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Split pea chowder

Here's a recipe that's pretty tasty, especially considering it's made from cheap, ordinary, healthful (I presume) ingredients. It's also sort of fun and satisfying to make. It's a modification of a recipe by Joyce Rosencrans for a Scripps Howard syndicated column (8Jan97).

1 1/3 cup dried split peas
1 cup Great Northern or navy beans
2 bouillon cubes (unless you have something better for flavor)
7 cups water

4 celery ribs, chopped
3 carrots, chopped
2 onions, chopped
about 1/2 small green cabbage, chopped
3 tablespoons oil or butter or margarine
1 teaspoon salt

1 large can whole tomatoes (28 oz), chopped, with juice
1/4 teaspoon pepper
heaping 1/2 teaspoon garlic powder, or a few real garlic cloves, chopped

Soak the SPLIT PEAS and BEANS overnight. Drain and rinse. Add 7 cups of water and cook until very tender. This should take less than an hour. Toss in BOUILLON cubes along the way.

While peas and beans are cooking, go to town chopping up CELERY, CARROTS, ONIONS and CABBAGE (and GARLIC cloves.) Saute chopped up vegetables in the OIL. Add SALT. Eventually transfer a ladle of boiling water from the bean pot to the vegetables to make sure they don't scorch. Cook vegetables until they are very tender - perhaps 20 minutes or more.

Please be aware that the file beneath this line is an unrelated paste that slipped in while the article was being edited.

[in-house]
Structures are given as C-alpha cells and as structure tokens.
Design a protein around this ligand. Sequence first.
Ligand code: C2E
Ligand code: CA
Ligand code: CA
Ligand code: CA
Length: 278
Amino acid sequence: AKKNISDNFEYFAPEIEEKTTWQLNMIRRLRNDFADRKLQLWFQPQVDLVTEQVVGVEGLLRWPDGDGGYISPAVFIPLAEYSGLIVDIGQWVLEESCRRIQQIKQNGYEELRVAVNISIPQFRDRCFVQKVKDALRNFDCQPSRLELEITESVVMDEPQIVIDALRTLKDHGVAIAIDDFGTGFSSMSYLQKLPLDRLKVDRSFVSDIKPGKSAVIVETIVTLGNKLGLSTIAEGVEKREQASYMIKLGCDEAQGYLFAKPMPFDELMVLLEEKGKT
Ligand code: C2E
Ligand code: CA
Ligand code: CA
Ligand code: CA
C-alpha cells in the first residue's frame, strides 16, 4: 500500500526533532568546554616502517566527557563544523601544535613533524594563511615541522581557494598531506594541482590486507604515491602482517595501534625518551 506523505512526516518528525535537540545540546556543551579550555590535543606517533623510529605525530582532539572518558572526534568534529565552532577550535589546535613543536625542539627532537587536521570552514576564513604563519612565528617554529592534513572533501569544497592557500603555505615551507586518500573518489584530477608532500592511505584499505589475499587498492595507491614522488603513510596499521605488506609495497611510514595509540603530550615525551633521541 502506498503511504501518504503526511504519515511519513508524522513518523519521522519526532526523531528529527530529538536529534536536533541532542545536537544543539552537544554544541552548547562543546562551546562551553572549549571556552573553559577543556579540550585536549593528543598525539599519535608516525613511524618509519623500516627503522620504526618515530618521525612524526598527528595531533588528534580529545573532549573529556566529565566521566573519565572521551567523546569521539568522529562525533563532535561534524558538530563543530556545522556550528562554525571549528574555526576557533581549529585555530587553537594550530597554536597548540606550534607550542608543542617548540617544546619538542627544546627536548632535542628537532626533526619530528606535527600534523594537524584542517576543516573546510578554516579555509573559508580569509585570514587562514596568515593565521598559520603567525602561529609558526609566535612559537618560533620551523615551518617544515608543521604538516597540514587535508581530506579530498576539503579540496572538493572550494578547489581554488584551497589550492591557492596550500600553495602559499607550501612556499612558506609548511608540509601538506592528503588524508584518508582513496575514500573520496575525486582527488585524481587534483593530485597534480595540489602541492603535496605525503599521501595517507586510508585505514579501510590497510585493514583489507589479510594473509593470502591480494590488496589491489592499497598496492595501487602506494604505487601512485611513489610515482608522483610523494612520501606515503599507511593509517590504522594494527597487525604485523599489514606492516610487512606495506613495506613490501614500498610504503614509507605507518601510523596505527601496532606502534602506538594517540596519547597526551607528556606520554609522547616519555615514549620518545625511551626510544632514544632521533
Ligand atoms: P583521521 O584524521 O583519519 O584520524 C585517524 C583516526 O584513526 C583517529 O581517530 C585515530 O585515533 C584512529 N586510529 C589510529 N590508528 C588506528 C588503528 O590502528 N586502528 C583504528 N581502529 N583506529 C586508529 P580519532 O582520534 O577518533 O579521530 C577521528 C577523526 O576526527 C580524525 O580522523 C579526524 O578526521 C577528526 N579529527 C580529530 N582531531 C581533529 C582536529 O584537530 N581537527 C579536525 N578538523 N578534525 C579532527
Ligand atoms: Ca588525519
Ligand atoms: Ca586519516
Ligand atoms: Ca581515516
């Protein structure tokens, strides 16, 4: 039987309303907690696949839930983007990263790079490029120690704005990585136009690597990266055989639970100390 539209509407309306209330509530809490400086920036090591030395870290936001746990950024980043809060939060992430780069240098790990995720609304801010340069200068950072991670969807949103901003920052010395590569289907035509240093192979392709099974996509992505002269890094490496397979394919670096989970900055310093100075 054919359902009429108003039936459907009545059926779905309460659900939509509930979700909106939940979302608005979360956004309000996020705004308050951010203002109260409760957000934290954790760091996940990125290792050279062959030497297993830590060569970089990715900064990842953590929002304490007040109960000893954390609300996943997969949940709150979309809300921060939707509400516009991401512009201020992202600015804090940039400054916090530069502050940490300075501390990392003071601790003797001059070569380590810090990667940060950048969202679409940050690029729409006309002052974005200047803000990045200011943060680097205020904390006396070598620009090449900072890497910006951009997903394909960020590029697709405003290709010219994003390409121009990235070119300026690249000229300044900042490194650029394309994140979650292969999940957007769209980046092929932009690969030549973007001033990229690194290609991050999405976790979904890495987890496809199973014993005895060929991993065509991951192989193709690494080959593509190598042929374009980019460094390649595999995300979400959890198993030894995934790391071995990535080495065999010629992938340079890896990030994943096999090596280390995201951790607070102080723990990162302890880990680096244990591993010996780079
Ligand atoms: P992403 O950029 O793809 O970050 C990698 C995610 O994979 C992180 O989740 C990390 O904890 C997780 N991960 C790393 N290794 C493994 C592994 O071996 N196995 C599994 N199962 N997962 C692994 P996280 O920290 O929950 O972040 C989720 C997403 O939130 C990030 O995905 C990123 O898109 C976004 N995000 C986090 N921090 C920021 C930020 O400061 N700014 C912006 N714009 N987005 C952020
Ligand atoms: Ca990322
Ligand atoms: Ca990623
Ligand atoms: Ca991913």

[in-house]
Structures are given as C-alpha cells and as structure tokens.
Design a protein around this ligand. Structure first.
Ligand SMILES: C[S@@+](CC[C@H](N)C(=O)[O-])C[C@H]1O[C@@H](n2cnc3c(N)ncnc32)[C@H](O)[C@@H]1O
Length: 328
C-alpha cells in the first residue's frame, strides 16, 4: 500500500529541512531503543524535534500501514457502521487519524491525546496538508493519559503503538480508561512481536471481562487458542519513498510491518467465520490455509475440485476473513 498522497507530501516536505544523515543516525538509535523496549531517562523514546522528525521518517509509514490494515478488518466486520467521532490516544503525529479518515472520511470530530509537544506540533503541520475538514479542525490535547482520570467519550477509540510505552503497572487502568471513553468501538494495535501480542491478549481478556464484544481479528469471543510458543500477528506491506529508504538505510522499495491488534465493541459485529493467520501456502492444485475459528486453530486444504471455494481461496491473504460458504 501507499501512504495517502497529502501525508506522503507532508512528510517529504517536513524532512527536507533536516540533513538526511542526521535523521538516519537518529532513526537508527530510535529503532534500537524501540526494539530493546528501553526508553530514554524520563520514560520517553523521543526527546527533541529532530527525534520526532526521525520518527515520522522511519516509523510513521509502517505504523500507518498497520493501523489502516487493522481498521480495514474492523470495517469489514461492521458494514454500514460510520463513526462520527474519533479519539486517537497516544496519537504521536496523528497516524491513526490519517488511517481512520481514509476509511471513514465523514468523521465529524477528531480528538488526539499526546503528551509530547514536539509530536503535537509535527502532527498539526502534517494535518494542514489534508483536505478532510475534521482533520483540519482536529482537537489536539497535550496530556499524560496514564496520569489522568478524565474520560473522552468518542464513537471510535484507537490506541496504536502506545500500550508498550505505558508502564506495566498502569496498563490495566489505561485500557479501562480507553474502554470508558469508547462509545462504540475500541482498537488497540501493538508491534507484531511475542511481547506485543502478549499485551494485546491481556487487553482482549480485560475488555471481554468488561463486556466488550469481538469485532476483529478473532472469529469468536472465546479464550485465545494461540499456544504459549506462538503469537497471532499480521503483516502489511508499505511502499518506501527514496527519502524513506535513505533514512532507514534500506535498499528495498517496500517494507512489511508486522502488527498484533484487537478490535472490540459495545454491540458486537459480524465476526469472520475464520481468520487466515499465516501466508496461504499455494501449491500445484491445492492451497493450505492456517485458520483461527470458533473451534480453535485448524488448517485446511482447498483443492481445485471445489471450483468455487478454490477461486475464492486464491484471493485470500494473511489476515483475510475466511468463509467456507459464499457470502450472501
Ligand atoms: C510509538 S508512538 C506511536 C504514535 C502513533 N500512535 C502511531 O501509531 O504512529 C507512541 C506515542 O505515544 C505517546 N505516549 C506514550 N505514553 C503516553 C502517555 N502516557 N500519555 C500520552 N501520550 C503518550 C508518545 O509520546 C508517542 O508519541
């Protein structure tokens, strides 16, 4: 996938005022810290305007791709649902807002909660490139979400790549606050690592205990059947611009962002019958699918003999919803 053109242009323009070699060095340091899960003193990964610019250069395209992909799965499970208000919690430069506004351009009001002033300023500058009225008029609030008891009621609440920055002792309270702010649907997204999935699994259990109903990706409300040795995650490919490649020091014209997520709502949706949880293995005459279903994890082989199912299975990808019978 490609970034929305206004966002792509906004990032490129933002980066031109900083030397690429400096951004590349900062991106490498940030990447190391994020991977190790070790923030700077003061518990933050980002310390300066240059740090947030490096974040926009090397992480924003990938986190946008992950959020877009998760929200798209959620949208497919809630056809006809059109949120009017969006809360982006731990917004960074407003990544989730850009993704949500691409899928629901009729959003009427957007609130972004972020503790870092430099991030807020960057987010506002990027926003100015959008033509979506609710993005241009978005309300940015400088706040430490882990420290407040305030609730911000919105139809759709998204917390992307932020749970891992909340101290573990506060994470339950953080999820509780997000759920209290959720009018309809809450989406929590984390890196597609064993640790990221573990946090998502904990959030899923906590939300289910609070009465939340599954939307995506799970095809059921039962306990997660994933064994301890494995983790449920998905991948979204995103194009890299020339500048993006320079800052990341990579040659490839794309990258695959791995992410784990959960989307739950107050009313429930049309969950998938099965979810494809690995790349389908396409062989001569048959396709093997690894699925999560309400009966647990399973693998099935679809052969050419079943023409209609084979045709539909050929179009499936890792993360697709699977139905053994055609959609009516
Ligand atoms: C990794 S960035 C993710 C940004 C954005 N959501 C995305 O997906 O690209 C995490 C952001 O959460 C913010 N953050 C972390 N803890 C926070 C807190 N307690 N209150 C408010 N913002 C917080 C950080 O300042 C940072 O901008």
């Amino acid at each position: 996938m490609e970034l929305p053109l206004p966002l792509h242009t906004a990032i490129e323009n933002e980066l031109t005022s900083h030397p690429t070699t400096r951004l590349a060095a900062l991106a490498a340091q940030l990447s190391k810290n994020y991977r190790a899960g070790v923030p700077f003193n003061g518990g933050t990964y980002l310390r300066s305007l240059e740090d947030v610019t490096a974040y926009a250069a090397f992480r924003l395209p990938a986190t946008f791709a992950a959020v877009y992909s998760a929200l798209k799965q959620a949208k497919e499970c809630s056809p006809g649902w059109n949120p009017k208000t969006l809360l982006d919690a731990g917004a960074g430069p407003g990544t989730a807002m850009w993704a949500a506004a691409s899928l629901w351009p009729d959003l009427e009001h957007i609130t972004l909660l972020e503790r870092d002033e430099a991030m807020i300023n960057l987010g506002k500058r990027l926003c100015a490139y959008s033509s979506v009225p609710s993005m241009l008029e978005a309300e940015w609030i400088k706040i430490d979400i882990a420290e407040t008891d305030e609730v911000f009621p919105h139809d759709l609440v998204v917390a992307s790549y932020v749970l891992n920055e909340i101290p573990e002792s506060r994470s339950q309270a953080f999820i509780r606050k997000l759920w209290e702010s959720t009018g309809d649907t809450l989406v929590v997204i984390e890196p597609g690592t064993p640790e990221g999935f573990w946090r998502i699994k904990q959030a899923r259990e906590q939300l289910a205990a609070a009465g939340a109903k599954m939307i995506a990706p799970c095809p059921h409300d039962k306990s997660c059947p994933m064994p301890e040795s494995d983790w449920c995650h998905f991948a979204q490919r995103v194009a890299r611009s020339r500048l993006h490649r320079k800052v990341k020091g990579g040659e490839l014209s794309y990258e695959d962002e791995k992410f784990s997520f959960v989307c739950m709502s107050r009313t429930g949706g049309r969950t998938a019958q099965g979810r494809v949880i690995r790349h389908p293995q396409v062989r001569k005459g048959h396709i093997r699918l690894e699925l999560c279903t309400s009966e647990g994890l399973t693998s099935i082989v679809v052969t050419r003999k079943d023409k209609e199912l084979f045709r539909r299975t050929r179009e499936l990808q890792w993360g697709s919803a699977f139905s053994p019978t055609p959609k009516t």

When all of that is well on the way, chop up the TOMATOES. I dump the tomato juice in with the peas and beans and the chopped tomatoes in with the almost-cooked vegetables.

After the peas are well disintegrated and the vegetables are cooked tender, dump everything together. Add the PEPPER and GARLIC powder (and anything else you think it needs) and simmer until it passes the taste test.

At every step of the way, be careful not to scorch the split pea mush. Use very low flames.

This recipe is tasty "as is", and trying to bolster it with more flavoring such as chicken broth didn't make any noticeable improvement - to my buds, at least.

The quantities here are bumped up from the original recipe - might as well make a big batch while you're at it. The original recipe called for barley instead of beans. It also called for mushrooms, which are all right, but I doubt they would enhance this recipe.

It also called for 1 teaspoon thyme - lousy-tasting stuff.

It also called for 2 cups frozen or canned lima beans. That should work, but don't we have more than enough vegetables in there already? And frozen limas don't fall wholly within the spirit of "dirt-cheap, all-fresh" ingredients.

I don't view canned tomatoes as cheating. While supermarket tomatoes may be "10 times more crash-worthy than automobile bumpers" (see note 1), you could hardly call the darn things edible.

Note 1. Does anybody recognize this quote? It's always stuck with me from a great "Smith Family" Sunday comic in the 1960s. It ran before my clipping habits started and I've always wanted to track it down again. The punchline was: "Nuts."

Any chefs out there with tips for a better chowder? I'm looking for a good one using corn meal. Thanks.


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